11 January 2011


As I write this, it is a chilly 3 degrees here in Michigan. If you live north of the Mason Dixon line chances are it’s pretty cold outside at your house right now as well. I love to photograph at this time of year, all of the animals are in their best coats, and all that snow acts like a giant reflector bouncing light back into all of the nooks and crannies. I am always surprised at how many photographers put their equipment up and hibernate (photographically) during the winter months. This is a real shame because although, it can be a little more challengeing, winter is a magical time to get out and make great images. I have decided to do a series of posts on why winter is a great time to get out and shoot. For all of you people south of the Mason Dixon line you’re welcome to come north and enjoy some of the winter photo opportunities up here on the frozen tundra.

One of my favorite times to shoot in the winter is when the snow is flying. Whenever I look out the window and see nice big snowflakes gently falling from the sky, instead of running for my shovel I grab my gear and go find something to photograph. Falling snow not only adds depth to an image but it also adds a real sense of drama to a shot that I really like. Photographs like this show how animals live in the natural world. Animals are out in the elements, come, rain, sun, or snow, they are out there living their lives.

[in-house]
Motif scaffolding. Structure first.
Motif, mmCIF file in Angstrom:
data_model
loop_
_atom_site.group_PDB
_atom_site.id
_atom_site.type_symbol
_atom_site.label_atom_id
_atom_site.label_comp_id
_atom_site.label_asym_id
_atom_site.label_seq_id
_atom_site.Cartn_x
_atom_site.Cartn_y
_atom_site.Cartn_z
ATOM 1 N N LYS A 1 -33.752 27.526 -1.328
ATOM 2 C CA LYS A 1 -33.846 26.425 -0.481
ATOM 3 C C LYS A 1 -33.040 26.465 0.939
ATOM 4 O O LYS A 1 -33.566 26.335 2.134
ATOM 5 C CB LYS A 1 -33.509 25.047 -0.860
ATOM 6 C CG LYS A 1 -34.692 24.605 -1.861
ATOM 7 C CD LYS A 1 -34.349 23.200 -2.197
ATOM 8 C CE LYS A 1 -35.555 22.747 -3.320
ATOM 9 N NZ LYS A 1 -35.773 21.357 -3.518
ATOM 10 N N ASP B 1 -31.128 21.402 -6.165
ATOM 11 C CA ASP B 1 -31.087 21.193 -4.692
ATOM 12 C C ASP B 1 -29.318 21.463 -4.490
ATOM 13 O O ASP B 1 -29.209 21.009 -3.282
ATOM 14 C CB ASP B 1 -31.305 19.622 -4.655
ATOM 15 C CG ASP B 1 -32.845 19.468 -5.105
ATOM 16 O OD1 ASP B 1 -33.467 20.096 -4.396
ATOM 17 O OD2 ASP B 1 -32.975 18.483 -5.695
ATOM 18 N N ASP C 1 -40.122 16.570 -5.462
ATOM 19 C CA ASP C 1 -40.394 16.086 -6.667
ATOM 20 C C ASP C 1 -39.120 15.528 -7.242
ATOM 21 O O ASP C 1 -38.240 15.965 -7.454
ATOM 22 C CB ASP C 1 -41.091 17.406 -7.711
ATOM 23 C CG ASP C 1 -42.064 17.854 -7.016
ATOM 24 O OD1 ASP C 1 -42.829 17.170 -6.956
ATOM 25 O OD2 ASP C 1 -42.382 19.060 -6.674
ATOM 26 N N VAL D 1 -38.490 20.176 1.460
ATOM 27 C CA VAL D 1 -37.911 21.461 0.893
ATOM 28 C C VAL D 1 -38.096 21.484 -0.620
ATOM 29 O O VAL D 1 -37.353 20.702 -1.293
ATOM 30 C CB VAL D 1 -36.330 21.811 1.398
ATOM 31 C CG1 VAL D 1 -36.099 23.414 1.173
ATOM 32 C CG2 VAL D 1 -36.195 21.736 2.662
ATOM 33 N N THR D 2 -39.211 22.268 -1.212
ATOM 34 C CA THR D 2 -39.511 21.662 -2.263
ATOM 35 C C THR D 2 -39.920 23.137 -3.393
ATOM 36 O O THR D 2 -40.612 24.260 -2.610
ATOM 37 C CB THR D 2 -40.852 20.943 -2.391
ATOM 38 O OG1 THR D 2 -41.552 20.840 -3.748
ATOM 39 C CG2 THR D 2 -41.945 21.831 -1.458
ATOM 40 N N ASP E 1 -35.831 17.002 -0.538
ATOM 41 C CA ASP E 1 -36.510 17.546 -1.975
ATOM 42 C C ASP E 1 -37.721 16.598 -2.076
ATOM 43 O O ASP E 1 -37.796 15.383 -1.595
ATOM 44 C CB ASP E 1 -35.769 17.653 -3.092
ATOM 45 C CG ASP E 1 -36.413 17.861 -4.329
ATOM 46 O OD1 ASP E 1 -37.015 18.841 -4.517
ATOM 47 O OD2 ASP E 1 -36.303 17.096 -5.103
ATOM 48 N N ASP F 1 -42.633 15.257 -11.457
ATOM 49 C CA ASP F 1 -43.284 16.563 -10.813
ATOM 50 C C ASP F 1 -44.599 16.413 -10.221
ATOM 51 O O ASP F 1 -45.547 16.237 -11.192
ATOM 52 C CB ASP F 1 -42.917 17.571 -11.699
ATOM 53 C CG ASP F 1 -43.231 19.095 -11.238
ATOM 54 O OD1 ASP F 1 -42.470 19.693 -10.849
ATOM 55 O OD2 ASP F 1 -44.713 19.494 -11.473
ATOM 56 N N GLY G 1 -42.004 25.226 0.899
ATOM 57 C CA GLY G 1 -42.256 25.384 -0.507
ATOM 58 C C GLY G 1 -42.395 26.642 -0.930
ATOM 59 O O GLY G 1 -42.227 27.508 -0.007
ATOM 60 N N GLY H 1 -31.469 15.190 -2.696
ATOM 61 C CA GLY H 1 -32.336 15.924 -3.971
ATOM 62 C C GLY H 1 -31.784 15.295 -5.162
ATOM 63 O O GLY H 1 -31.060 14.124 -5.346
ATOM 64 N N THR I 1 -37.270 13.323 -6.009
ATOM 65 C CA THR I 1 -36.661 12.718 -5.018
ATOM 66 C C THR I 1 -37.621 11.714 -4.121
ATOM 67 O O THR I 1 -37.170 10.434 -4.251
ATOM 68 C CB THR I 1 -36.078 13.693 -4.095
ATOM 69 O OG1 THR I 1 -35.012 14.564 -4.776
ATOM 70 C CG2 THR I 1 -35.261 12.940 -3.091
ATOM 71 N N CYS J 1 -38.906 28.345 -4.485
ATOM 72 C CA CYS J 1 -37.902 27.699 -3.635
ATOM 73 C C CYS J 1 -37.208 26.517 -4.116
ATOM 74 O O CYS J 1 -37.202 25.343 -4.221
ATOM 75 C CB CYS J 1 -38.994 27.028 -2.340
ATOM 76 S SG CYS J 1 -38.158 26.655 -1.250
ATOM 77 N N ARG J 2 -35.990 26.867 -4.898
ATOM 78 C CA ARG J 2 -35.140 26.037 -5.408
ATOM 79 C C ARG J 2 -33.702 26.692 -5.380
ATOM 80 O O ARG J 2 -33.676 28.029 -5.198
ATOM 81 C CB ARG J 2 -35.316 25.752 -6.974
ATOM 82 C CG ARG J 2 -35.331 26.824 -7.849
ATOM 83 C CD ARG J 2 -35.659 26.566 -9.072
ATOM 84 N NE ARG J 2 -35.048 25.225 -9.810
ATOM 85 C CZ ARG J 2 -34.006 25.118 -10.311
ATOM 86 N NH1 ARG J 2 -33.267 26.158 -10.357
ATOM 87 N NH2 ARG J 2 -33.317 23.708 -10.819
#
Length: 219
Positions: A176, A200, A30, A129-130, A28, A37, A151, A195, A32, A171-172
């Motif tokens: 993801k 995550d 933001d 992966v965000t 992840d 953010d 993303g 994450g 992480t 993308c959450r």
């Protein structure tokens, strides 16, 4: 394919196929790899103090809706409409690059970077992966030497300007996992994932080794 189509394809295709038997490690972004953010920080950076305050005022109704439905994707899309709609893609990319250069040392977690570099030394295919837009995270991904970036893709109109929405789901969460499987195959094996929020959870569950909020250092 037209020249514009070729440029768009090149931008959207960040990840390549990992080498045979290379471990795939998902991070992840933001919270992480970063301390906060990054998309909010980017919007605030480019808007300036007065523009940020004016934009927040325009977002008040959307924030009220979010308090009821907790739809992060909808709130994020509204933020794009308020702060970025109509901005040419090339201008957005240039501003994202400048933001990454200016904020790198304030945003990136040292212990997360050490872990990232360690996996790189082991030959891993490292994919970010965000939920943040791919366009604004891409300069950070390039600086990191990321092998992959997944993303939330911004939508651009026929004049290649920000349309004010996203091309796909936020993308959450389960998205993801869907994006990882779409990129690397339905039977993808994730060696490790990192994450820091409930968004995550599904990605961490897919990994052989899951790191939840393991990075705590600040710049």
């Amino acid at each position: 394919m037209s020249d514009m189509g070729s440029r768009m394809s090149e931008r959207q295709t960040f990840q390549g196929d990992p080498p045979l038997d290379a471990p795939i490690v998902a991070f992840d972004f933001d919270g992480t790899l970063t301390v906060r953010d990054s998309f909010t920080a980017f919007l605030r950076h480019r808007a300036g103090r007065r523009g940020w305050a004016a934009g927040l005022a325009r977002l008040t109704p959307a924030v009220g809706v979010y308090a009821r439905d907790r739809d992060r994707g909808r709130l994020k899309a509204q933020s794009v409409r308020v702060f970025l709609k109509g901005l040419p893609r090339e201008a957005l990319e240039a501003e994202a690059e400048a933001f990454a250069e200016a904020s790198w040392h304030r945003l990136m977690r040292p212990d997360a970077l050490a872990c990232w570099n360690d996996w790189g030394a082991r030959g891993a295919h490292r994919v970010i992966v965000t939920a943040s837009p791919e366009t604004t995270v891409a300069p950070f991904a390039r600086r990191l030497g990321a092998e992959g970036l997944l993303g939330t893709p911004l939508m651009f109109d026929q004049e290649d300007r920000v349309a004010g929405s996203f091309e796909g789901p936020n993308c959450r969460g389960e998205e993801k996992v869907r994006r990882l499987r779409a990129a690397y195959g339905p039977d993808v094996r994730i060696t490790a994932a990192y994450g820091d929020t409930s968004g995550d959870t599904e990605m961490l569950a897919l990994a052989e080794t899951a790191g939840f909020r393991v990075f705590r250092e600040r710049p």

When you photograph in the falling snow you want to protect your gear. There are elaborate covers you can buy or you can use something as simple as a plastic garbage bag and a couple of rubber bands to keep the snow out. Often times however, if it is cold enough, I will just leave my equipment outside (protected) until it get cold enough so that the snow won’t melt when it comes in contact. Then I can just brush or blow the snow off without any worries.

You do however, need to take some precautions when you bring your camera and lenses in from the cold. Because the warm moist inside air will cause condensation to form on your cold gear as it warms back up. When I come back inside from the cold I wrap my gear in a blanket or plastic bag until it warms back up to room temperature this will stop the condensation from forming on your equipment.

Finally, this last shot is of a snow monkey that was actually catching snowflakes on his tongue during a snow squall. I took dozens of images of this behavior but unfortunately I was never able to get a shot where the monkey’s head and the snowflake were in the right position to show what was actually happening. As a general rule I don’t manipulate my work with photoshop. But for this particular image I did use photoshop to “move” the snowflake in his mouth to a position that better told the story of what was going on.